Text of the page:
The popularity of analytics in the corporate world is huge – worldwide revenues for big data and business analytics software are projected to reach $260 billion by 2022, according to IDC. Although widely adopted in business, analytics is still in its infancy in higher education. That is about to change. Ovum predicts that between 40% and 60% of all institutions are planning or trialing new capabilities in 2019.
One institution that is using analytics is Crown College in St. Bonifacius, MN. As part of a five-year persistence and completion project, Crown College performed an extensive data discovery effort with Dr. Gesele Durham, HLC Persistence and Completion Academy mentor and Jenzabar using Jenzabar Retention, a state-of-the-art student success and retention system.
Jenzabar Retention aggregates each student’s information from disparate academic and administrative systems across your campus to create comprehensive student profiles. The result is a 360-degree view of each student—from academic performance and extracurricular engagement to financial aid and demographic information—providing deep insights into potential risk factors and probabilities of success.
Using the predictive modeling functionality customized to reflect the unique characteristics of Crown College’s student population, Crown College was to intervene at the right time and in the right way to prevent at-risk students from leaving school—whether due to academic, social, or emotional challenges.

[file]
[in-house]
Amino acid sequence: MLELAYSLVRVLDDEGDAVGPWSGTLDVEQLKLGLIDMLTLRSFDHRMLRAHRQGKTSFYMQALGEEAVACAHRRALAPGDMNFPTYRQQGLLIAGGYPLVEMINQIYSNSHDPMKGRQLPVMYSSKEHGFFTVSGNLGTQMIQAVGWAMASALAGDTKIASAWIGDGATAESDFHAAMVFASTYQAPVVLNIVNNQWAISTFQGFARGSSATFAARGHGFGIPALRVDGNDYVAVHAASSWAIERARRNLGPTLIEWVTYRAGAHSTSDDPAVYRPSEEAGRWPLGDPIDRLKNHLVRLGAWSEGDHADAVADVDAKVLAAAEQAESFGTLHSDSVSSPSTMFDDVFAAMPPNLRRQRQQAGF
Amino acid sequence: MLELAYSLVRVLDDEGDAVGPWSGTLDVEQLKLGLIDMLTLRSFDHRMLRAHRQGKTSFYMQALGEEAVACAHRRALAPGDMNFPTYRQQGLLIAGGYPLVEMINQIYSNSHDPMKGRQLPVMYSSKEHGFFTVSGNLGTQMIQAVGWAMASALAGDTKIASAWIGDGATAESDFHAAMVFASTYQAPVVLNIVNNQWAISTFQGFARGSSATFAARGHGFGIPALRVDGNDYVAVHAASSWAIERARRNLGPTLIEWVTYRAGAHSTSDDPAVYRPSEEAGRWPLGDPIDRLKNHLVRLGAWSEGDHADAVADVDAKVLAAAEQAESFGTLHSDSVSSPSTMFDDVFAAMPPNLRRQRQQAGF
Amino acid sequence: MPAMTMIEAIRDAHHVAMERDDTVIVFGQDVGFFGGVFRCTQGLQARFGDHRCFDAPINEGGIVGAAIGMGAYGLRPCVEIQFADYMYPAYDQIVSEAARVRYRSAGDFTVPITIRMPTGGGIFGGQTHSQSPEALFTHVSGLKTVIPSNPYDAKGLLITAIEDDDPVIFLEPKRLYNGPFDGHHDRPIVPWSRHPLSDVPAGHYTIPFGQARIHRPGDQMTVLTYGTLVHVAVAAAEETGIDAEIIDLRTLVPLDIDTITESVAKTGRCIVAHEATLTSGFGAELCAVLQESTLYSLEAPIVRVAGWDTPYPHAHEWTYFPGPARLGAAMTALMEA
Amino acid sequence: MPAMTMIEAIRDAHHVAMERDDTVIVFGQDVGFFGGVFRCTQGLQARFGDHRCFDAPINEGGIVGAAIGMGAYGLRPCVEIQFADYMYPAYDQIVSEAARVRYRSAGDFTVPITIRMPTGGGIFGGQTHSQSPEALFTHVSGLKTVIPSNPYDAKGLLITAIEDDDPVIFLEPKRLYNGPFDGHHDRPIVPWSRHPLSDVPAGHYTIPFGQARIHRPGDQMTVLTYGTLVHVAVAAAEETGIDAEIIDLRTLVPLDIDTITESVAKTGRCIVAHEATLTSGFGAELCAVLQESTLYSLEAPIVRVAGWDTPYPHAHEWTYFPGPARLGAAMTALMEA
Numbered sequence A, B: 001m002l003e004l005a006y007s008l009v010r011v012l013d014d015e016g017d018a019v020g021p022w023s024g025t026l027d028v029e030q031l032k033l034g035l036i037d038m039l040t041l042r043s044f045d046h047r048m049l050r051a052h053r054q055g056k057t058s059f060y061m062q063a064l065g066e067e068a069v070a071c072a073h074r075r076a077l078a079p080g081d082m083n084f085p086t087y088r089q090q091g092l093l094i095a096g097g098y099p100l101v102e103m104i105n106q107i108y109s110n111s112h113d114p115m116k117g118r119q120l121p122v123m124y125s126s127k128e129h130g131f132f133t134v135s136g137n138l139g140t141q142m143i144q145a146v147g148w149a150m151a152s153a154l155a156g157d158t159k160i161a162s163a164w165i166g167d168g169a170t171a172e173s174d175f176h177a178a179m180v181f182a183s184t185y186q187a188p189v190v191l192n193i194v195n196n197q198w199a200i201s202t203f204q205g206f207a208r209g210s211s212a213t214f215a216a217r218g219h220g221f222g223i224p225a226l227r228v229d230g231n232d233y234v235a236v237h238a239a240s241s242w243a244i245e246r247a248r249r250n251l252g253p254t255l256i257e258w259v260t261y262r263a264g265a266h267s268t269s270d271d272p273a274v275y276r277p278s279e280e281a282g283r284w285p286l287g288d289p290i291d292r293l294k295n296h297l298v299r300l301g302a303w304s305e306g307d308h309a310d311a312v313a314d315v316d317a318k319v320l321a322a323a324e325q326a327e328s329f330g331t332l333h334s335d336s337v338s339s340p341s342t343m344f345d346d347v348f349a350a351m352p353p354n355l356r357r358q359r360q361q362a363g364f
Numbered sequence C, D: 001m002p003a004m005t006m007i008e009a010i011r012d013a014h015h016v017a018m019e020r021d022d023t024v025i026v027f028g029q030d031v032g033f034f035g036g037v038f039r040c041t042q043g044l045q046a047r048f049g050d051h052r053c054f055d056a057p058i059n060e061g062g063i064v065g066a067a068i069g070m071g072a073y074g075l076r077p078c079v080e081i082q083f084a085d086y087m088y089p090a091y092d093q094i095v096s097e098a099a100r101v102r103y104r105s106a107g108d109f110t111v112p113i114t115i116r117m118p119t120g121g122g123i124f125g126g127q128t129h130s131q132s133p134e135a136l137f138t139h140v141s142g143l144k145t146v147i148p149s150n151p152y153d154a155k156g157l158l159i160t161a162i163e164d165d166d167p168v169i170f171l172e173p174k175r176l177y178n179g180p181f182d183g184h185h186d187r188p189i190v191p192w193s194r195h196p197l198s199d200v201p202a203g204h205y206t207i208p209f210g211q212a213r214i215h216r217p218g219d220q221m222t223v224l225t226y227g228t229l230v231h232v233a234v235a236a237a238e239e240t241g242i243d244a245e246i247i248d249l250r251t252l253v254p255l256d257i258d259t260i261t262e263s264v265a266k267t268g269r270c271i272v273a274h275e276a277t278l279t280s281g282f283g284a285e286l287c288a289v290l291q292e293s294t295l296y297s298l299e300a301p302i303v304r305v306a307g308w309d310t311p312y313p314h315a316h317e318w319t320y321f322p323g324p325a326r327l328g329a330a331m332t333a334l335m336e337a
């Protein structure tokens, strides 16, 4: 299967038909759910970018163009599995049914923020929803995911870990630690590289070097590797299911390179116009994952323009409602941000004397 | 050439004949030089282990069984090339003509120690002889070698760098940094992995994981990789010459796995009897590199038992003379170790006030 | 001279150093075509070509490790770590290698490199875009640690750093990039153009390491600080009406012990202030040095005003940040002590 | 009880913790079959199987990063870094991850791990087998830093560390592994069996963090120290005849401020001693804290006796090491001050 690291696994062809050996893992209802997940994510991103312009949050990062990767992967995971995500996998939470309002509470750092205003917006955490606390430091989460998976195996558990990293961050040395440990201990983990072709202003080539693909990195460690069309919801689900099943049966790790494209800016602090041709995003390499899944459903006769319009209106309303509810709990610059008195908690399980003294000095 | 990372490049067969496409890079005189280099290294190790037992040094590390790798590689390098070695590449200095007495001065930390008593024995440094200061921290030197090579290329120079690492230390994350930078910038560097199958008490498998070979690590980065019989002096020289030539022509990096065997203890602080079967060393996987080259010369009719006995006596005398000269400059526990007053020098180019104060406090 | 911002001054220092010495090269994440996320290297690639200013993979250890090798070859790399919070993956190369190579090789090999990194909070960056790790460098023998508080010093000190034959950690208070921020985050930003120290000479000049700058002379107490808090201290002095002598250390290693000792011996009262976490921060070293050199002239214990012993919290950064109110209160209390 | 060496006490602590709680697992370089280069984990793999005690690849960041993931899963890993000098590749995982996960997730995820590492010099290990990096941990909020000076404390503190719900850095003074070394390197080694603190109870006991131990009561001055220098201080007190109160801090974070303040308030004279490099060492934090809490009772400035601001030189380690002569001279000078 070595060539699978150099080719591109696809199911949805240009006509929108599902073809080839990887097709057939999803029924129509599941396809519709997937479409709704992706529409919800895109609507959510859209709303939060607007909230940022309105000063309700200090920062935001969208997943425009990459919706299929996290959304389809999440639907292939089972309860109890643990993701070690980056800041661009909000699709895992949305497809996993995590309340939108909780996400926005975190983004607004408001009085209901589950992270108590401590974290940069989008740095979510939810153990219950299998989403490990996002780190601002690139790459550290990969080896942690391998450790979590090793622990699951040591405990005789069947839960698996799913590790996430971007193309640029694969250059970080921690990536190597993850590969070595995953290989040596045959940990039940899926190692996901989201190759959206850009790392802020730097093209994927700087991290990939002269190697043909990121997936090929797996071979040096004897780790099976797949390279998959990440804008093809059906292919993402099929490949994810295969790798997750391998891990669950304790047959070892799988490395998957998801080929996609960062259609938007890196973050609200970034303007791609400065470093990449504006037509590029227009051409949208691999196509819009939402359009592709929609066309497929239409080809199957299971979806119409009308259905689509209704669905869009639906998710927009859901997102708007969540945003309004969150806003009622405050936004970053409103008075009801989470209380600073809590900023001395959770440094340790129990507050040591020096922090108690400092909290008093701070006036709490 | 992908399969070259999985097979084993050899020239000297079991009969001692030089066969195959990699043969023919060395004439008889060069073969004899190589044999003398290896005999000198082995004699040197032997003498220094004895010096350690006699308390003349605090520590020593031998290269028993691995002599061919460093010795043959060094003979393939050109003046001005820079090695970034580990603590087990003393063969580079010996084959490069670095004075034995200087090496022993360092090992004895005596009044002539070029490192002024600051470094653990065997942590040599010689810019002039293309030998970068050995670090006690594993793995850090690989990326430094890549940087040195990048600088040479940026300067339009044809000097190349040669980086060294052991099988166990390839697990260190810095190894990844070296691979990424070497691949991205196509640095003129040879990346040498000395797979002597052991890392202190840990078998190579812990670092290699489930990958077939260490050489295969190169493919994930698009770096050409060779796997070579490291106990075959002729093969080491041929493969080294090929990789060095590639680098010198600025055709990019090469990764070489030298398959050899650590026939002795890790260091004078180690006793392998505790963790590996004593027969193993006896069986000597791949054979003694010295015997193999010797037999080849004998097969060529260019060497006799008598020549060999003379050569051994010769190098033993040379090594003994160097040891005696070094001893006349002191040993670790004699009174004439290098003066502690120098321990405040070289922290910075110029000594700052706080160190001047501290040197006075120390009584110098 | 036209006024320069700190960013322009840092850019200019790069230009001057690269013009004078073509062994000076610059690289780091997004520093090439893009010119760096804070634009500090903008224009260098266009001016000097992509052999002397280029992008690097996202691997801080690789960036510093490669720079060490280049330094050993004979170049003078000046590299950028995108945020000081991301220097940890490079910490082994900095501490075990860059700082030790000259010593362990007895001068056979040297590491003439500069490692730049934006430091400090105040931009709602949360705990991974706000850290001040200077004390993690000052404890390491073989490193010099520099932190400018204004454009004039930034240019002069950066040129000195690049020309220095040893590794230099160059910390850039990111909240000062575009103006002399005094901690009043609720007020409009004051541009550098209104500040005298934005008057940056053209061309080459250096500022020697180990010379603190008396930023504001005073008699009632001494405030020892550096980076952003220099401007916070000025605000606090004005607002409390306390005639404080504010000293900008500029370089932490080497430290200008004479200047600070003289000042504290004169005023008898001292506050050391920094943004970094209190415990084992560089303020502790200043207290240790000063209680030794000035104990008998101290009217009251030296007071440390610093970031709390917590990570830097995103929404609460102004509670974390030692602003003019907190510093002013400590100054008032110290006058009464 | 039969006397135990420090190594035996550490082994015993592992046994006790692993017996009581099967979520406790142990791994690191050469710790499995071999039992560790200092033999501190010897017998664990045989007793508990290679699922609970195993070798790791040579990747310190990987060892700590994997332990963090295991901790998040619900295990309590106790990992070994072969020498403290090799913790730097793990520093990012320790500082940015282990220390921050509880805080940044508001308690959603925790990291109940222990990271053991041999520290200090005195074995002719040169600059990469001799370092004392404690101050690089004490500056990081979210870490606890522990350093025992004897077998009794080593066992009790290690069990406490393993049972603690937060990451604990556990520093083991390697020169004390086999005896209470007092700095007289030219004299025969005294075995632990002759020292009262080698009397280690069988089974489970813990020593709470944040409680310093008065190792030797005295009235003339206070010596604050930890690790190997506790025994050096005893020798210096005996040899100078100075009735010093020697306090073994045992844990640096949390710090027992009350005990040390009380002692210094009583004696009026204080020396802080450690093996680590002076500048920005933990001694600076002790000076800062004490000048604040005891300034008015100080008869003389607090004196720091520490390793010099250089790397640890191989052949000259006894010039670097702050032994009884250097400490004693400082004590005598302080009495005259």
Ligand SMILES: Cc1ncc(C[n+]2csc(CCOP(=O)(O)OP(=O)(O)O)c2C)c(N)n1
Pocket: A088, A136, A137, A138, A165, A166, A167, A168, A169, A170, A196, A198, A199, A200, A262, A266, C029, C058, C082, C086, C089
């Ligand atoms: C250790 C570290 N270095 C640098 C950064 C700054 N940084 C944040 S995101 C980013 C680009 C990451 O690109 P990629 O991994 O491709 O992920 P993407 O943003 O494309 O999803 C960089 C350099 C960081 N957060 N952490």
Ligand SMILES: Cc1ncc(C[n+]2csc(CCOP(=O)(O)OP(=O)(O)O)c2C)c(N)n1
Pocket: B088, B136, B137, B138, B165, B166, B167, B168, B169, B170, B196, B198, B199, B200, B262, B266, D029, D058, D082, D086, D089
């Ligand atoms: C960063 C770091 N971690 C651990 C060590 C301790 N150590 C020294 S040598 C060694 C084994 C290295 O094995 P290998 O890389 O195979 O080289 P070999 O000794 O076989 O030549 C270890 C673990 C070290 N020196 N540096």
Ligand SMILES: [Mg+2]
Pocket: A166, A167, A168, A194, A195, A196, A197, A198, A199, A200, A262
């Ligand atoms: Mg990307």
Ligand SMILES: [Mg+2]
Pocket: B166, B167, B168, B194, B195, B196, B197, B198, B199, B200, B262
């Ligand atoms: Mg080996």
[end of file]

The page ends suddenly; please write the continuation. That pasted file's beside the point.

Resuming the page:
Predictive analytics look at the future and determines what will likely happen. It looks at the information derived from descriptive and diagnostic analytics and predicts trend and forecasts. For example, you may find a particular combination of student entry characteristics, scholarship packages, and course of study result in an increased chance of departure. This model helps institutions identify students at risk of departure so they can undertake additional efforts to retain those students.
Critical to Crown College’s initiative was to use six years of data from first-time, full-time degree-seeking students who entered the college in fall semesters of 2009–2014. It mined this data and identified nine factors that contributed toward making a student at-risk at the school, and it used this information to create a logistic regression model to predict the retention outcome of a particular student population. It ran this model in the fall of 2015 for the first time against its incoming full-time freshmen in its School of Arts and Sciences (SAS), and continued to use the model for the next six semesters.
In spring 2015, the school retained 90% of all eligible students, and 84 percent of the freshmen who were eligible to return. Spring 2019 saw it retain 94% of all eligible students, and 89% of the freshmen who were eligible to return.
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